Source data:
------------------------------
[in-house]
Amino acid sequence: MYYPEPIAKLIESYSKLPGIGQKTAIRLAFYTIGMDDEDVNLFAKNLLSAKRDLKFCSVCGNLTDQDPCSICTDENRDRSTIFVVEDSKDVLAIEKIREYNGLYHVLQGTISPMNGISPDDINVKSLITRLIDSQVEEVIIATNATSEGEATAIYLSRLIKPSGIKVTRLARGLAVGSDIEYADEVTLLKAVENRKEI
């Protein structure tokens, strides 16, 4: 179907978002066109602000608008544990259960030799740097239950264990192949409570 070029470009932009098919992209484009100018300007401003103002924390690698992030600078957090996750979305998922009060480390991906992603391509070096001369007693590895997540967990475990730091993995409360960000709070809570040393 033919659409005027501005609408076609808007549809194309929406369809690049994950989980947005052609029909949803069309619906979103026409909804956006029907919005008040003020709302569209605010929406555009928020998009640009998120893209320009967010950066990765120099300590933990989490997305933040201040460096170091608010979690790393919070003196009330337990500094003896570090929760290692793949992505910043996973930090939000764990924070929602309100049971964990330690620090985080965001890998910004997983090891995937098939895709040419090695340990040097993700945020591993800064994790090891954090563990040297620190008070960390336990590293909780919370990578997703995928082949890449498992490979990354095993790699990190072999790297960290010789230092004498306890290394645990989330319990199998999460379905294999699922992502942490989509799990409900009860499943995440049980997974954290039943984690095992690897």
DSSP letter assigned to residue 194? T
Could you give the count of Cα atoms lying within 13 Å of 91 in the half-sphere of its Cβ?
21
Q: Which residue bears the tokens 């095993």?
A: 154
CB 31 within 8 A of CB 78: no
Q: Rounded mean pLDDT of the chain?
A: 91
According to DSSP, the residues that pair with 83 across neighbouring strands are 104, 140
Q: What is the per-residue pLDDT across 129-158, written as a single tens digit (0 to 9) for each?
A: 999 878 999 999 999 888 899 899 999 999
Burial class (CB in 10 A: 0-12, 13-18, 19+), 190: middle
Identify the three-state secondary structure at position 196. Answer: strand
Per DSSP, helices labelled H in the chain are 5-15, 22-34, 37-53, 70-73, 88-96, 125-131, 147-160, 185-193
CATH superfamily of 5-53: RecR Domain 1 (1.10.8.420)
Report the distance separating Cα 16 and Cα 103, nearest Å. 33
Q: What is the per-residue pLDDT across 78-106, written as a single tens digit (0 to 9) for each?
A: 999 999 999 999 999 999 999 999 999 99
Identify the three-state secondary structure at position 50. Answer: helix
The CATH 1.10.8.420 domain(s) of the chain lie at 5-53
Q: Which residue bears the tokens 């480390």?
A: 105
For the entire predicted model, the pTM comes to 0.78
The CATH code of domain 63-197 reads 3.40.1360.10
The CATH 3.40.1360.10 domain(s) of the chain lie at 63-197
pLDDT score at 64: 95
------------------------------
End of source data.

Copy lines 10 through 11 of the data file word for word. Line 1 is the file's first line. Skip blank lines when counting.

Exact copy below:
Q: Rounded mean pLDDT of the chain?
A: 91